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Self-Harming Daughter


My stepdaughter began cutting herself and taking large amounts of Benadryl about six to eight months ago. My wife and I were unaware of this until she was a few months into this practice. We rushed her to the hospital, and she started psychiatric treatment.

When it became clear that she was continuing to harm herself, we took her to a clinic that handles this type of disorder. She stayed there for eight weeks. During her stay, she was placed on suicide watch three times. My wife was very nervous about bringing her home, but she had to begin the new school year.

She has been home for two weeks, and it appears that her old, harmful habits are returning. She has already snuck out of the house past midnight, returning at 5 a.m. This situation is putting a huge strain on the family and our marriage.

My stepdaughter is aware that we have looked into other facilities for possible placement if her behavior does not improve. But she makes my wife feel guilty, saying we are placing her in treatment just to get her out of the way. This is not true. We just want her to be healthy and to have a normal childhood. We have sought the help of local counselors and child psychiatrists. How long do we do this before sending her away? We are concerned about her friendships and her safety.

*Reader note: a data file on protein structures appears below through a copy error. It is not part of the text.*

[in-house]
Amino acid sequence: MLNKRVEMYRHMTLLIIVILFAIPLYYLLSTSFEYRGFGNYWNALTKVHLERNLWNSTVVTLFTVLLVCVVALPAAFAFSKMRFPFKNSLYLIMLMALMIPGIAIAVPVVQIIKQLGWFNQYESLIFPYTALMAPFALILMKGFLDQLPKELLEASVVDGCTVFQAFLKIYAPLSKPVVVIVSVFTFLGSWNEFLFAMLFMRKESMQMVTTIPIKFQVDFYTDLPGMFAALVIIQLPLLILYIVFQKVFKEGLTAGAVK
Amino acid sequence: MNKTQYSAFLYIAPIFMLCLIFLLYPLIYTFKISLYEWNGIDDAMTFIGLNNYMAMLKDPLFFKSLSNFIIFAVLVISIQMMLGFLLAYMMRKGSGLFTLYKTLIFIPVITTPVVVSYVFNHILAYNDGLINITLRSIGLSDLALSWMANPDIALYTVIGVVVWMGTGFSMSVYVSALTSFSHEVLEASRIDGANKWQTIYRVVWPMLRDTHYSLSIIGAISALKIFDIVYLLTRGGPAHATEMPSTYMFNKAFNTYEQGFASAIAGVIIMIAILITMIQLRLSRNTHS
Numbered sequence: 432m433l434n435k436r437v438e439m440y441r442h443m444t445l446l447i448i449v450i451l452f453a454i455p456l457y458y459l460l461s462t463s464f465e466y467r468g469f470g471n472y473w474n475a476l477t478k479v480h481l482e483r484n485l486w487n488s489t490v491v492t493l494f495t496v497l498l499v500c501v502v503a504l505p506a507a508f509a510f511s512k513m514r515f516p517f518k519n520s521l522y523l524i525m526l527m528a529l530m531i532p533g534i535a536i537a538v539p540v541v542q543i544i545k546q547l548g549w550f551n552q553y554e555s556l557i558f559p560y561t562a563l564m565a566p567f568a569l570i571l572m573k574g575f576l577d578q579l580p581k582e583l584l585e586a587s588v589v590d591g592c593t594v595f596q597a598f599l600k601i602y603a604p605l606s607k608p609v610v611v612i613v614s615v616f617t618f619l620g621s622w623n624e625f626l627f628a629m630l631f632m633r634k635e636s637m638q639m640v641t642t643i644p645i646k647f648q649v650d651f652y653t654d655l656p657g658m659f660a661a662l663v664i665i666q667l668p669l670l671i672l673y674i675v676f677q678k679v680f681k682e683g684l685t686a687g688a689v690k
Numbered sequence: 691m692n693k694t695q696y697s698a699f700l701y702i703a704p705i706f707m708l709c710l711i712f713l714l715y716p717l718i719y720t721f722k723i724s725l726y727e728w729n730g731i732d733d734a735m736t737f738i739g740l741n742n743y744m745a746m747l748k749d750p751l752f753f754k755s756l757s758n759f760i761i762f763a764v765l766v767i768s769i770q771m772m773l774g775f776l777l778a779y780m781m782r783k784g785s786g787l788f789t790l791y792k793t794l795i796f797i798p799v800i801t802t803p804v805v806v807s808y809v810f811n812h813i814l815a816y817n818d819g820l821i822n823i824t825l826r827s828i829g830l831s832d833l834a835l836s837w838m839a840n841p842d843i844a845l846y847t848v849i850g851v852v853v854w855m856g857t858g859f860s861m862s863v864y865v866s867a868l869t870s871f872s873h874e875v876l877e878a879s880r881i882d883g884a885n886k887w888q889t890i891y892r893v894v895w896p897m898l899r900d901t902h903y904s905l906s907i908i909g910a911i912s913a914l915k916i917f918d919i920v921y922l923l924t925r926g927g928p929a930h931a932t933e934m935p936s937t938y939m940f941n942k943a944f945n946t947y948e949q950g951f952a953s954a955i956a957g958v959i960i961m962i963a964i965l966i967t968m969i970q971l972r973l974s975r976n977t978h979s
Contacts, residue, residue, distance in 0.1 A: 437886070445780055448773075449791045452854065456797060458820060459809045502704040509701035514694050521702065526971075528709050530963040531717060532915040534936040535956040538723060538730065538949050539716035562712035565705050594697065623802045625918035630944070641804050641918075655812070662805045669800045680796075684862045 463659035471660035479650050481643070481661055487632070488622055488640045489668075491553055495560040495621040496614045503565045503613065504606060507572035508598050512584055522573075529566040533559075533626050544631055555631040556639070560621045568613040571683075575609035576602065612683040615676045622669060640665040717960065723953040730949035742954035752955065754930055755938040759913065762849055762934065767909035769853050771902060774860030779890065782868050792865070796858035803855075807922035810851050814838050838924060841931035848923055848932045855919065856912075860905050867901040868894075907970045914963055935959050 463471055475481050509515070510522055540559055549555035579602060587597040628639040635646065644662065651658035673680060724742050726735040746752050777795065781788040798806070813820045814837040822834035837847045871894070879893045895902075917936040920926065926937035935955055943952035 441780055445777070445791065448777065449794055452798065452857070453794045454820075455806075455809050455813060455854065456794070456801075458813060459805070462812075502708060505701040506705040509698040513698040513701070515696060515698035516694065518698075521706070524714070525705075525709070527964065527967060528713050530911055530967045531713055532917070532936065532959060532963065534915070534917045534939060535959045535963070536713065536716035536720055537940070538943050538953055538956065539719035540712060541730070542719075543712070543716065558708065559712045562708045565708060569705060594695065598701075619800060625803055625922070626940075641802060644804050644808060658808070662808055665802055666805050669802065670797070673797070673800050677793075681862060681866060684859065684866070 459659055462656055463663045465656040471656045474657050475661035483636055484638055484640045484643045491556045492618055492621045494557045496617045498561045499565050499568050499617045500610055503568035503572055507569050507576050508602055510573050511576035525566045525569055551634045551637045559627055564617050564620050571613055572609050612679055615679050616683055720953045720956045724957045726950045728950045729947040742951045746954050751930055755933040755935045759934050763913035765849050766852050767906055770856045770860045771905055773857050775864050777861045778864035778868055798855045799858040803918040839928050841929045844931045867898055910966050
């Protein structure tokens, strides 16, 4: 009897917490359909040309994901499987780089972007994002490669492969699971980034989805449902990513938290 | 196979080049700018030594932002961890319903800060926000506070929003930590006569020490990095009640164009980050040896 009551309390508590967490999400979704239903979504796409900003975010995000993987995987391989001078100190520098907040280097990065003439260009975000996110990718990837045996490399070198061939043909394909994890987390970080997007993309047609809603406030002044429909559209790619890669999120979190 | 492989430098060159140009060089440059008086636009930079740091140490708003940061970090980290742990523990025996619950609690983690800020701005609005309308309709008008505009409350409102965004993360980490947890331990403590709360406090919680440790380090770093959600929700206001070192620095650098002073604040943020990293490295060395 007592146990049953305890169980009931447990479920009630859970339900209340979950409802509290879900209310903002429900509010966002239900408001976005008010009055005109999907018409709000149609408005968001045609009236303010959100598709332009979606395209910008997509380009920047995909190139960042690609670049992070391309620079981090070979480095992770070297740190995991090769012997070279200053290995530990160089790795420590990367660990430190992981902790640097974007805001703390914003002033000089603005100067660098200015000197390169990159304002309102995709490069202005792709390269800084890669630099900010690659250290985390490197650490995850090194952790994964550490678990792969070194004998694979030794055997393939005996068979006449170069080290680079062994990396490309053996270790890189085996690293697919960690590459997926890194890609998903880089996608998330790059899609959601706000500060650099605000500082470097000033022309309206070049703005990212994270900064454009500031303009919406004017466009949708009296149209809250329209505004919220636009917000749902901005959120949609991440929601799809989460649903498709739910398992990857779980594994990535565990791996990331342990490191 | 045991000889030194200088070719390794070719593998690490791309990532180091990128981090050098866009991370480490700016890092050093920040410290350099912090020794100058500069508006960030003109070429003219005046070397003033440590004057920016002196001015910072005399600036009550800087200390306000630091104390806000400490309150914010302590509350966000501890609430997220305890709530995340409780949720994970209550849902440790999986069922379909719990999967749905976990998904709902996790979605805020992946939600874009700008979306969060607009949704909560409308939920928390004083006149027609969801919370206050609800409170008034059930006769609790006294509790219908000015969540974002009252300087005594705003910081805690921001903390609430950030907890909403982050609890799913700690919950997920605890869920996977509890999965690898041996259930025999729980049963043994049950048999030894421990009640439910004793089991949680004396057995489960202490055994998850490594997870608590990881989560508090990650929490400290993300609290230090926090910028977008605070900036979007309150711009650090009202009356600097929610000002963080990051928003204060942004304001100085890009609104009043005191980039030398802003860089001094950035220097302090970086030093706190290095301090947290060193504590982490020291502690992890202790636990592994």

This information is included in our Guide to Harmful Behaviors. Click here to see the rest of the guide.

Dealing with a teenager who uses self-harm as a coping skill is difficult. She was taught new coping skills while she was in the hospital. So now we encourage you to focus on her behaviors: sneaking out, hanging out with inappropriate friends and trying to make her mother feel guilty. 

Sit her down and make your rules and expectations very clear. Include everything from her curfew to her choice of friends, chores, being respectful, etc. Let her know that if she does not follow the rules and meet your expectations, she will not earn privileges (cell phone, computer, iPod, free time with friends, etc.)

It sounds like she does not respect your authority and is manipulative (the guilt trips, for example). She needs to earn a large consequence for sneaking out of the house. If this happens again, we encourage you to call the police and report her as a runaway. Let her know that she lost all trust with you and her mother and that it is up to her to earn that trust back. She earns this trust by reporting her whereabouts, being in bed when you check on her at night and by following all of the rules.

Talk with her counselor and psychiatrist to see if they recommend out-of-home placement, as this is often the last resort for parents dealing with child/teenager behavior problems. Give her the opportunity to turn her behavior around, but let her know that sending her to a group home is an option if her bad behavior escalates. We also encourage you and your wife to seek individual and couple’s counseling to help you deal with the current situation with your daughter. It is important that you not allow her behaviors to affect you or your ​relationship.